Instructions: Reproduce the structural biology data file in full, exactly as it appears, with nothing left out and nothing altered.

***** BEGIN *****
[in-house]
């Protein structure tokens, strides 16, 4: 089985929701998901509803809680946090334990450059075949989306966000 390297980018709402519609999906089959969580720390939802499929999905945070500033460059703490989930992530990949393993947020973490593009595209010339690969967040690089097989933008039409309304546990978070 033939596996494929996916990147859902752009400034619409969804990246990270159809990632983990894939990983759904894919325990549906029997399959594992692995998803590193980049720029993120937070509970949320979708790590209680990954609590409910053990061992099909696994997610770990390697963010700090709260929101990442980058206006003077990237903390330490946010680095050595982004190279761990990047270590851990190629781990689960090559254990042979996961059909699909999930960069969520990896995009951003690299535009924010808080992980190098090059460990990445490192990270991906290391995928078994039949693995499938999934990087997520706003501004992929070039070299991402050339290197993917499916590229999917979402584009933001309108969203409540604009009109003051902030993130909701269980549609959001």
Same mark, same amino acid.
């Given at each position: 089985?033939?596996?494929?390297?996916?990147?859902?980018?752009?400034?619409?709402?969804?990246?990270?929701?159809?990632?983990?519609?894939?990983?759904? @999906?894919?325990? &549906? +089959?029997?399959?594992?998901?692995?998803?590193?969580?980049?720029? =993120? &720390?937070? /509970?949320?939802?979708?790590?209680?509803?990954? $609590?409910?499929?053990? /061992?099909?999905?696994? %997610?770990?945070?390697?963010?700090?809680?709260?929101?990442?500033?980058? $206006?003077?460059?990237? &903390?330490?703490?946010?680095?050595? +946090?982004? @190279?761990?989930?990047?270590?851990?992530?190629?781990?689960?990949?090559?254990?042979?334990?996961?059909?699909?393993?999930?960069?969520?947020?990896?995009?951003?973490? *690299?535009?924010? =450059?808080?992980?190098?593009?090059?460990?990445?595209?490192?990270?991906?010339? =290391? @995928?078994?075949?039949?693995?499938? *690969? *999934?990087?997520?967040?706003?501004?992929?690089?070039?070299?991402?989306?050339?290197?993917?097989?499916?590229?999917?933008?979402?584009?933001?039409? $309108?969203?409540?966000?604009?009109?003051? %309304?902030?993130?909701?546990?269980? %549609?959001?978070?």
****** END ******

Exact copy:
[in-house]
């Protein structure tokens, strides 16, 4: 089985929701998901509803809680946090334990450059075949989306966000 390297980018709402519609999906089959969580720390939802499929999905945070500033460059703490989930992530990949393993947020973490593009595209010339690969967040690089097989933008039409309304546990978070 033939596996494929996916990147859902752009400034619409969804990246990270159809990632983990894939990983759904894919325990549906029997399959594992692995998803590193980049720029993120937070509970949320979708790590209680990954609590409910053990061992099909696994997610770990390697963010700090709260929101990442980058206006003077990237903390330490946010680095050595982004190279761990990047270590851990190629781990689960090559254990042979996961059909699909999930960069969520990896995009951003690299535009924010808080992980190098090059460990990445490192990270991906290391995928078994039949693995499938999934990087997520706003501004992929070039070299991402050339290197993917499916590229999917979402584009933001309108969203409540604009009109003051902030993130909701269980549609959001």
Same mark, same amino acid.
């Given at each position: 089985?033939?596996?494929?390297?996916?990147?859902?980018?752009?400034?619409?709402?969804?990246?990270?929701?159809?990632?983990?519609?894939?990983?759904? @999906?894919?325990? &549906? +089959?029997?399959?594992?998901?692995?998803?590193?969580?980049?720029? =993120? &720390?937070? /509970?949320?939802?979708?790590?209680?509803?990954? $609590?409910?499929?053990? /061992?099909?999905?696994? %997610?770990?945070?390697?963010?700090?809680?709260?929101?990442?500033?980058? $206006?003077?460059?990237? &903390?330490?703490?946010?680095?050595? +946090?982004? @190279?761990?989930?990047?270590?851990?992530?190629?781990?689960?990949?090559?254990?042979?334990?996961?059909?699909?393993?999930?960069?969520?947020?990896?995009?951003?973490? *690299?535009?924010? =450059?808080?992980?190098?593009?090059?460990?990445?595209?490192?990270?991906?010339? =290391? @995928?078994?075949?039949?693995?499938? *690969? *999934?990087?997520?967040?706003?501004?992929?690089?070039?070299?991402?989306?050339?290197?993917?097989?499916?590229?999917?933008?979402?584009?933001?039409? $309108?969203?409540?966000?604009?009109?003051? %309304?902030?993130?909701?546990?269980? %549609?959001?978070?």